NOTE: This opinion piece has been republished from its original post on Medium.
Written by Duncan Green.
How are different governments performing as global citizens? Time for a newÂ index!
Apologies. I get given stuff at meetings, it goes into the reading pile, and often takes months to resurface. So I have
Time to assuage my guilt.
The â€˜citizensâ€™ in question are actually 53 governments, and the report assesses them against their signature, ratification and particularly implementation of 35 international agreements, conventions and treaties. These fall into 6 domains: human rights, gender equity, environment, poverty reduction, governance and global peace and justice. The implementation part is the trickiest, and the initiative seems to pull together a range of multilateral and academic scorecards for the various issues, eg environmental stewardship includes:
â€˜Reduce Pressure on Earthâ€™s Resources
- Ecological Footprintâ€Šâ€”â€ŠGlobal Footprint Network
- Ecological Reserve/Deficitâ€Šâ€”â€ŠGlobal Footprint Network
- Energy Use per $1,000 GDPâ€Šâ€”â€ŠWorld Bank
- Forests scoreâ€Šâ€”â€ŠYale Universityâ€™s 2014 Environmental Performance Index
Reduce Air Pollution
- Ambient (Outdoor) Air Pollution (PM2.5 ug/m3)â€Šâ€”â€ŠWorld Health Organization
- Air Quality scoreâ€Šâ€”â€ŠYale Universityâ€™s 2014 Environmental Performance Index
- CO2 Emissions (metric tons per capita)â€Šâ€”â€ŠWorld Bankâ€™
And so onâ€Šâ€”â€Š116 indicators in all. Hereâ€™s the overall country rankingâ€Šâ€”â€Šnot many surprises, with the Scandinavians top of the heap, as usual, and Iran, Saudi Arabia and Afghanistan at the bottom.
Some other findings jumped out:
The highest scoring domain by far is Gender Equity, with 26 countries signing all six selected international commitments, although implementation is much more patchy
â€˜Ratifying international treaties and conventions does not necessarily lead to measurable progress in those particular areasâ€™. Argentina was the only country to ratify all 35 international commitments, yet came in 19th on implementation.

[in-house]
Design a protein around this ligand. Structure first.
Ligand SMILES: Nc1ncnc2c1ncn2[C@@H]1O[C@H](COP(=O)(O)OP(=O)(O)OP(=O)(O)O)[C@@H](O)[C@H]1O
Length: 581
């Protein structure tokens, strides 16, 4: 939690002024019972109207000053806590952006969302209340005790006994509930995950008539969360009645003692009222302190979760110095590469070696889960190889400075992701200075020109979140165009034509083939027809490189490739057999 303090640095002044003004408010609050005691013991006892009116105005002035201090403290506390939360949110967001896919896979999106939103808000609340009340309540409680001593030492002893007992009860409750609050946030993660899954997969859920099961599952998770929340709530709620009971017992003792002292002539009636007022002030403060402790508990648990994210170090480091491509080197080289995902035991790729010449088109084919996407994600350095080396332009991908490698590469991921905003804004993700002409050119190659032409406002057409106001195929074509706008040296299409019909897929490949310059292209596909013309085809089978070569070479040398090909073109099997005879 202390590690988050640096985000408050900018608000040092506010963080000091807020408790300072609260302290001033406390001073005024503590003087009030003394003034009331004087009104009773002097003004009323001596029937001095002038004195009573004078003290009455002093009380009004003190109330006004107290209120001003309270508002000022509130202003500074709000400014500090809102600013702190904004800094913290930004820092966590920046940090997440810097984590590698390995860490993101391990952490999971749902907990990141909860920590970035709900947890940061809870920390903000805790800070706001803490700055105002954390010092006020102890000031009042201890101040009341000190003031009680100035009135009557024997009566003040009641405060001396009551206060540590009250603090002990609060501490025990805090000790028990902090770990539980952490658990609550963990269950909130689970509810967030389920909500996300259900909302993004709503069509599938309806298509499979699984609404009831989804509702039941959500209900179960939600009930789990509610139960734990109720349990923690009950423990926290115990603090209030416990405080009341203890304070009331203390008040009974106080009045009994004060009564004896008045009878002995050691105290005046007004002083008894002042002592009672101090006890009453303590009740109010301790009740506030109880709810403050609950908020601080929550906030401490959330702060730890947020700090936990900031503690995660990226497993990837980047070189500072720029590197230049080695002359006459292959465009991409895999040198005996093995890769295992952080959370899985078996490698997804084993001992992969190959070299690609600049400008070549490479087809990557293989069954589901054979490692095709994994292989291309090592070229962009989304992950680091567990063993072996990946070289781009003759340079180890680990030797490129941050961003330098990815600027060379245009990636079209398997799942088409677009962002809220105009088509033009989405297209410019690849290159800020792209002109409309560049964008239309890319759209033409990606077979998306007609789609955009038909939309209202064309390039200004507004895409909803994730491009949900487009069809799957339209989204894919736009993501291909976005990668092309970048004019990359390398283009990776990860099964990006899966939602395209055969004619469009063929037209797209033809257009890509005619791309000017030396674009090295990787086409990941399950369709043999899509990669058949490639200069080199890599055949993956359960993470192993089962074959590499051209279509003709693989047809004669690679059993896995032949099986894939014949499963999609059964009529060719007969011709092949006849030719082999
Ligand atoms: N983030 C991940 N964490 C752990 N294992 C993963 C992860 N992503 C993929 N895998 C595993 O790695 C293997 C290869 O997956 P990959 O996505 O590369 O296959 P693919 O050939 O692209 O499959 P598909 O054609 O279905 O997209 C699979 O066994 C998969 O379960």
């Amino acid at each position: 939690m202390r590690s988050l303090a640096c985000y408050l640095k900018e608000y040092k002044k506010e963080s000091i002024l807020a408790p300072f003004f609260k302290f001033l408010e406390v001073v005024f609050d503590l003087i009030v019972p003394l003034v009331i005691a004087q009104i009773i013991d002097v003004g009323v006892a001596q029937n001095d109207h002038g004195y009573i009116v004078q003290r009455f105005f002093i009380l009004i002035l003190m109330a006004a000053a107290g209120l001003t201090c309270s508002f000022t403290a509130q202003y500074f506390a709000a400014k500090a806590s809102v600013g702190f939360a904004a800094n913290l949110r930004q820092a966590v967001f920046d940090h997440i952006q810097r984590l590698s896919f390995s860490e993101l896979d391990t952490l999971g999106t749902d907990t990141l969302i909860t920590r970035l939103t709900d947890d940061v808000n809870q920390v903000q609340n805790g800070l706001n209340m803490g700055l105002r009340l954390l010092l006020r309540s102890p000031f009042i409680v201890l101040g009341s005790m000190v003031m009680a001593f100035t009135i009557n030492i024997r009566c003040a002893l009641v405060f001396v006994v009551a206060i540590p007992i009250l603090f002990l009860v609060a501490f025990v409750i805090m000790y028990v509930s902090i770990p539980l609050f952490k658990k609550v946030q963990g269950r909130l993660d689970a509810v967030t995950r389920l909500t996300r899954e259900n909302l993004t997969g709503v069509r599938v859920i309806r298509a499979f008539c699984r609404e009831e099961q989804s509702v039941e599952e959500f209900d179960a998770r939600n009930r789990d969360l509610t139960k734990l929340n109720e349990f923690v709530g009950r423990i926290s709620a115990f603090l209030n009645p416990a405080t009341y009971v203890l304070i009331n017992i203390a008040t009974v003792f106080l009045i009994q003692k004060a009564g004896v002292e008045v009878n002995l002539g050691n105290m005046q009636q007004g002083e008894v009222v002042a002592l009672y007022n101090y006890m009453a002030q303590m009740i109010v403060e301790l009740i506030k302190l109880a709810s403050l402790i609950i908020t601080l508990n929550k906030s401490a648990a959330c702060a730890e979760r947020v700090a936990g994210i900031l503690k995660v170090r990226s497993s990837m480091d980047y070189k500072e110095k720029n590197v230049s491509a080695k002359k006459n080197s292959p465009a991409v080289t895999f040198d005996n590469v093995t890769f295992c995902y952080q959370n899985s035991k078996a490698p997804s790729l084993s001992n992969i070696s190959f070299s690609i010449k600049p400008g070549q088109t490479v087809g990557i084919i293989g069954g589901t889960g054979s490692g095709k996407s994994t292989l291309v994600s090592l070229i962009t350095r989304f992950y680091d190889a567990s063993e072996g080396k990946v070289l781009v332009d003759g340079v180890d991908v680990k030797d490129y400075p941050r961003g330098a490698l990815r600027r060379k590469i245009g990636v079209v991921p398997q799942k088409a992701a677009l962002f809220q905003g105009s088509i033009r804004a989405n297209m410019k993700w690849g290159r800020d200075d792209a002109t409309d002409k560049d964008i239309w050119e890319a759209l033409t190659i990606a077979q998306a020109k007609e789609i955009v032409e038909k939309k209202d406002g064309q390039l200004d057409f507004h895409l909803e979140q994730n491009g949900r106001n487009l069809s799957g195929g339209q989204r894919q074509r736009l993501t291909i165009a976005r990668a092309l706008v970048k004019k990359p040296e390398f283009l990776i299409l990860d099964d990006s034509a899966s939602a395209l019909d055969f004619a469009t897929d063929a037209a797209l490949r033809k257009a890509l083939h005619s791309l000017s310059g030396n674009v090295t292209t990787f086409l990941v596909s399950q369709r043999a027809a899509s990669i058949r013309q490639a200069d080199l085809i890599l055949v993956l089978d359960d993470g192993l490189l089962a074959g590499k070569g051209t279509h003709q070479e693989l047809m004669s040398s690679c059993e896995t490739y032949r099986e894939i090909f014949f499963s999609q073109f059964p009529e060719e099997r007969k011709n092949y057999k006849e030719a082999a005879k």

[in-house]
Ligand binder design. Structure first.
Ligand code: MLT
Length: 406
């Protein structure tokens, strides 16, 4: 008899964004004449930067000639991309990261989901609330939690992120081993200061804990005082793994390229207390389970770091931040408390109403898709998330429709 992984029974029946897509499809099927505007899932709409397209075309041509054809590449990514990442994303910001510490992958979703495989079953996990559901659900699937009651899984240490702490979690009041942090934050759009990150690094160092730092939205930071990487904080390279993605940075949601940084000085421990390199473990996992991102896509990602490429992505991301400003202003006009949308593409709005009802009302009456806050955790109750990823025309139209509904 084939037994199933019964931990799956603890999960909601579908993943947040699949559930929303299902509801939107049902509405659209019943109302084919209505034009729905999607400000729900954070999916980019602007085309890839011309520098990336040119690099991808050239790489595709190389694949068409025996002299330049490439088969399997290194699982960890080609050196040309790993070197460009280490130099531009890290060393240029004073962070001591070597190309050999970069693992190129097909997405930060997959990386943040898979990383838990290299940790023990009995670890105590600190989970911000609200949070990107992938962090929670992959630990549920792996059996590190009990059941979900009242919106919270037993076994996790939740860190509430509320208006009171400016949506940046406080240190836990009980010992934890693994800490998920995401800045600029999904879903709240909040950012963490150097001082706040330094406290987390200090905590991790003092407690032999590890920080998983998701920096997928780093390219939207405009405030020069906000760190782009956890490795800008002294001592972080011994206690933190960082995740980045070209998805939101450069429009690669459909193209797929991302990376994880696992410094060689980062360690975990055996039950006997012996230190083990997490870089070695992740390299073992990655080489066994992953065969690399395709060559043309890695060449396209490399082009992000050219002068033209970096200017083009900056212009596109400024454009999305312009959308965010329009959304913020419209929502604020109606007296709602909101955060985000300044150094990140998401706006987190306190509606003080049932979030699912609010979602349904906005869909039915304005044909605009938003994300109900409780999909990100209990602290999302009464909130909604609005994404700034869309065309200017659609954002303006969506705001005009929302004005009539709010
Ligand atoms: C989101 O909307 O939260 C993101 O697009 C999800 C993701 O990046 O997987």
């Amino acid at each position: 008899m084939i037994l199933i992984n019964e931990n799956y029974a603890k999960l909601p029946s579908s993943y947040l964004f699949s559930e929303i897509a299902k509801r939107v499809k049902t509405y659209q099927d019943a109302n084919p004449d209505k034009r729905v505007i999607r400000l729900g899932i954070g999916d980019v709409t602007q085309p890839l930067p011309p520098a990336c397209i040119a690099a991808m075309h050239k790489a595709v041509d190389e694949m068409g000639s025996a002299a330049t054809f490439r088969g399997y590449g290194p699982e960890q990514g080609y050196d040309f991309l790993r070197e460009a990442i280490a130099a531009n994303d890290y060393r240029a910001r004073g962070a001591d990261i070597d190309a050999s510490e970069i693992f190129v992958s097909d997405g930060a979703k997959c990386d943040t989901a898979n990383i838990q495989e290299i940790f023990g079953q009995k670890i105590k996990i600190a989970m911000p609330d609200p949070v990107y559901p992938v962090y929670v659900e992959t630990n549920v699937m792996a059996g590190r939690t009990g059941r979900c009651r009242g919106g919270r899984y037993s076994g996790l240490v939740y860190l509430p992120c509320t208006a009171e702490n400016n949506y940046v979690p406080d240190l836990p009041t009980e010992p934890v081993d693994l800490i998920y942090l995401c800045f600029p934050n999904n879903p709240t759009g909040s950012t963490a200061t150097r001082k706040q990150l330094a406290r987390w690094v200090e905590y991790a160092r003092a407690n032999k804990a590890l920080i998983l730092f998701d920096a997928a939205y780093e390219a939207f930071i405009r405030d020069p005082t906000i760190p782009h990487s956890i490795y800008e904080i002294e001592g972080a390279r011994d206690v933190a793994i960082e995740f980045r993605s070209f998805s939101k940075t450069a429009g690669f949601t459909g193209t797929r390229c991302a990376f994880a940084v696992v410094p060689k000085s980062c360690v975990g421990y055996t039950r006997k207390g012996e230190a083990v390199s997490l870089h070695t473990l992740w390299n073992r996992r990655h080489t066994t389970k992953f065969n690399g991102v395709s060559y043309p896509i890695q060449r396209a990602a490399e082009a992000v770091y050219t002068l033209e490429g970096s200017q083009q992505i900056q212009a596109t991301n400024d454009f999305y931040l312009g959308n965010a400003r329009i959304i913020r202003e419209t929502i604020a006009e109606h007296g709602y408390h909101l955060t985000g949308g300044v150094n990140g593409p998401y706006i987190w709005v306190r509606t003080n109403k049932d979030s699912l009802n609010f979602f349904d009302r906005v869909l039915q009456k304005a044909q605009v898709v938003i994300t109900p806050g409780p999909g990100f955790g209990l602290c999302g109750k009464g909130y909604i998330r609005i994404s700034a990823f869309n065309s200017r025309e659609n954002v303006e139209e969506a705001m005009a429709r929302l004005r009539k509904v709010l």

The report rather bravely sets out its theory of change (see diagram below) which begs a lot of questionsâ€Šâ€”â€Šwhat assumptions lie behind the arrows? What else is required for publishing the card to galvanize all this advocacy? E.g. buy-in from powerful players, crises and scandals which open up decision makers to new ideas, grassroots movements to push for the same issues (see Htun and Weldon on violence against women)?
Which took me back to the Sustainable Development Goals. What is the SDGsâ€™ theory of change? Is it any more sophisticated than this? I suspect not. In fact, it may not even be as goodâ€Šâ€”â€Šfor example merely assuming that government commitments + measurement will trigger some kind of change. So are we going to see a comparable SDG scorecard that ranks countries, shames foot-draggers and gives civil society something to shout about? Can we build on some of the interesting research out there about which international instruments get traction on national governments and why?
Because of its apparent lack of a coherent theory of change, I more or less gave up on the SDGs long ago, but would be happy to be proved wrongâ€Šâ€”â€Šwhat do the SDG watchers among you think? Are they generating traction on national decisions and if so, how and where? Is there a brilliant SDG theory of change that I am just not aware of?
Anyone know of other global scorecards on rights commitments and implementation?